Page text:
1366 Technologies, a startup based on research conducted bysolarHall of Famer Ely Sachs, has landed $28.4 million in additional capital from GE Energy Financial Services, VantagePoint Venture Partners, Hanwha Chemical, and others in a deal that underscores three big trends.

Trend one: revolutionizing silicon wafers. Turning pure silicon into wafers can be a time-consuming, wasteful process. In a nutshell, pure silicon is formed into a log, or ingot, and then wafers are sliced off like mortadella. Nearly half of the silicon can end up as dust or waste product and silicon can cost more than $50 a kilogram.

1366 has coined a process it calls Direct Wafer. Molten silicon is directly converted into wafers, which can then be processed into solar cells, CEO Frank van Mierlo told us last week. No meat slicer. 1366's process results in little waste product and reduces the time required to produce wafers. Its multicrystalline wafers are also more consistent.

The company's goal is to produce wafers for around 25 cents a watt. Now, wafers cost around 72 cents a watt to make. A 25-cent wafer will lead to solar power -- including installation, electronics, and the module -- for $1 per watt. (The electronics will cost 10 cents, the balance of systems will cost 40 cents and the module will cost 50 cents.) Now, the cost is closer to $3.40, he said.

Other companies trying to take the waste and heft out of solar include Crystal Solar, Silicon Genesis, Ampulse, Astrowatt and Twin Creeks Technologies. (See the competitive landscape here.) Revolutionizing wafers is far from simple. Evergreen Solar tried to revolutionize wafer technology with its string ribbon technology, but size incompatibility with their odd-shaped wafers proved daunting and the firm is still feeling the echoes of that misstep today. Sachs founded Evergreen. Here's another warning sign: the technology 1366 hopes to commercialize is not the technology it started with. Van Mierlo, however, says that 1366 is aware of the history and passing milestones. "It is 30 times faster than the original process created by Ely Sachs in his Ph.D thesis," he said.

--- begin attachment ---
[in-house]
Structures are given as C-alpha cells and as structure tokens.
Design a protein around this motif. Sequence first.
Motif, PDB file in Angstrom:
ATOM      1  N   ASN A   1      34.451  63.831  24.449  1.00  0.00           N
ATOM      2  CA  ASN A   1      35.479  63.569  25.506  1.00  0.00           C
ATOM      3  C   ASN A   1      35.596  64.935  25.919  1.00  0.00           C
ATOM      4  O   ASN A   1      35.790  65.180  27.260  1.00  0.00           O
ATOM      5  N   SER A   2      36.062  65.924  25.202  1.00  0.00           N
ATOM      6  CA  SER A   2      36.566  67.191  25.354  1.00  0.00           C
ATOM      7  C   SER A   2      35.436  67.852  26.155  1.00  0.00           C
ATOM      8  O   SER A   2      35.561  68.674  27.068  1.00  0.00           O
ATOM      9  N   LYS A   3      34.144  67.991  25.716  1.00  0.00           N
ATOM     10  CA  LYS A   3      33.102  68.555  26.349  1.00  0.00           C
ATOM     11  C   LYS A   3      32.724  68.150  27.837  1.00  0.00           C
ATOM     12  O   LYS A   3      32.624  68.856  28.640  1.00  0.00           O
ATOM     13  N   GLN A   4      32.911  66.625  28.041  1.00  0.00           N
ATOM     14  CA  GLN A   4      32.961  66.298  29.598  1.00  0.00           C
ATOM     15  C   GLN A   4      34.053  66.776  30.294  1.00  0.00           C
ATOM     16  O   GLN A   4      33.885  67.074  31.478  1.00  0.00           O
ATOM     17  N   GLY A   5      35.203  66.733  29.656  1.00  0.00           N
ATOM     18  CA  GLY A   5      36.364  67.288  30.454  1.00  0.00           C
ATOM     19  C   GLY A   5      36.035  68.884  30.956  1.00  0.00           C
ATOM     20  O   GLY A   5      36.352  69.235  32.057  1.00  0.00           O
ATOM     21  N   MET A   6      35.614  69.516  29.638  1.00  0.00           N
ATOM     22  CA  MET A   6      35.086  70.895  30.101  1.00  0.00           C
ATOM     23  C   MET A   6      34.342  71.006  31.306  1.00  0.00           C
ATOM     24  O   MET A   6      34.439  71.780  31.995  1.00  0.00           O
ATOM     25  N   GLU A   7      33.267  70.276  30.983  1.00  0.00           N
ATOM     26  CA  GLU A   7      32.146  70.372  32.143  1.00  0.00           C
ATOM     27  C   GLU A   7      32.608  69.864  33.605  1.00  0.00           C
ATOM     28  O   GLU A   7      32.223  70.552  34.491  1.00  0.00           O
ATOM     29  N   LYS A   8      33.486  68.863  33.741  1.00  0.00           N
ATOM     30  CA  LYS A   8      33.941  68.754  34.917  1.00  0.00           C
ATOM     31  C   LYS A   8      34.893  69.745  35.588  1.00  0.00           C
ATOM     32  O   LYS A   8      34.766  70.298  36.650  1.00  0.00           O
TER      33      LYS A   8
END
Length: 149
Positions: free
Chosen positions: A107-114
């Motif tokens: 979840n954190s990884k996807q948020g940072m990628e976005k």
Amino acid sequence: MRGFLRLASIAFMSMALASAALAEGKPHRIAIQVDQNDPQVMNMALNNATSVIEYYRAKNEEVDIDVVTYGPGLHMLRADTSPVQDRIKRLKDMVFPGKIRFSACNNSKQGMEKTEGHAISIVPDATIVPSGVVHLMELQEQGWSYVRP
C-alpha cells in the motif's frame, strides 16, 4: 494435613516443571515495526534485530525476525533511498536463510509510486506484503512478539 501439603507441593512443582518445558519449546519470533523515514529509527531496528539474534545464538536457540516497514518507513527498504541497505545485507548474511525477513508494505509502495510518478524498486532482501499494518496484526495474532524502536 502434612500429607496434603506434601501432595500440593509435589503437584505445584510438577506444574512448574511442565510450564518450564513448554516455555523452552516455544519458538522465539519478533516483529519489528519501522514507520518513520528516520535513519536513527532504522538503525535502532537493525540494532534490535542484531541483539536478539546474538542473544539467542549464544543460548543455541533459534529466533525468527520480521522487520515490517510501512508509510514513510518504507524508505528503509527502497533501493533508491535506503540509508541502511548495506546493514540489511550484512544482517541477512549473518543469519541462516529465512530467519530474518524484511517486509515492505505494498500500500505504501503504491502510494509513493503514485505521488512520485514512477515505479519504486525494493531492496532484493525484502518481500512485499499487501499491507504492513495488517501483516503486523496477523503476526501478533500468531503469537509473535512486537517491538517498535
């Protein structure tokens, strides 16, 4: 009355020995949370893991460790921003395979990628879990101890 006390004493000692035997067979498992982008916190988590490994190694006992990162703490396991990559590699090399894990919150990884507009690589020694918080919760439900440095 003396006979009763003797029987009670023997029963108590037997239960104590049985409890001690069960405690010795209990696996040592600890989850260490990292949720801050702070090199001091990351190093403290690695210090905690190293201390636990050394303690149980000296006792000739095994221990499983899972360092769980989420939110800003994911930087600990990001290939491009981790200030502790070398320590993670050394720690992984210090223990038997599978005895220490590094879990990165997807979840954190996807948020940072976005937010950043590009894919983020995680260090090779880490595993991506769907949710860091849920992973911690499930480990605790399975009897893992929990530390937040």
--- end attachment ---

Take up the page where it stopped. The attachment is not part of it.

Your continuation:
Trend number two: Asia. Hanwha is a large Korean conglomerate that recently bought a huge stake in Chinese solar maker Solarfun. Despite the extroverted love for IP that American companies are supposed to have, Chinese solar makers have actually seemingly been more open to new, outside ideas than have Western companies.

Innovalight has lined up a series of customers for its solar ink for boosting panel performance: all are from China. Companies that make DC maximizers say they get a lot of interest from China. These companies are looking far beyond just trying to be low-cost providers. (On a separate note, Honeywell has started to work with the State Grid Corporation of China to bring demand response to the country.)

Third, better wafers mean more U.S. jobs. Producing wafers and pure silicon is not like making oven mitts. it remains a research-heavy, precise process that requires lots of machinery, so established economies can compete. Currently, the U.S. produces around 40 percent of the world's high-grade silicon for chips and solar cells. It's a $1.7 billion business, van Mierlo said. But if U.S. companies turned that silicon into wafers, it would become a $7 billion business and add 50,000 domestic jobs.

The Bessemer process cut the cost of producing steel by 80 percent, van Mierlo noted. Glass was a known commodity to the ancient Greeks. However, the Pilkington process devised in the 19th century dropped the cost by 80 percent.

"If you want to innovate in manufacturing, you'd better do some," he said. "You can't innovate in manufacturing unless you innovate in equipment."

He also pointed out that Gillette, the razor company, still produces in Boston. 1366, in fact, has recruited engineers from the company because of the precision engineering devised at the consumer goods company. Gillette puts out 10 razors a second on a manufacturing line.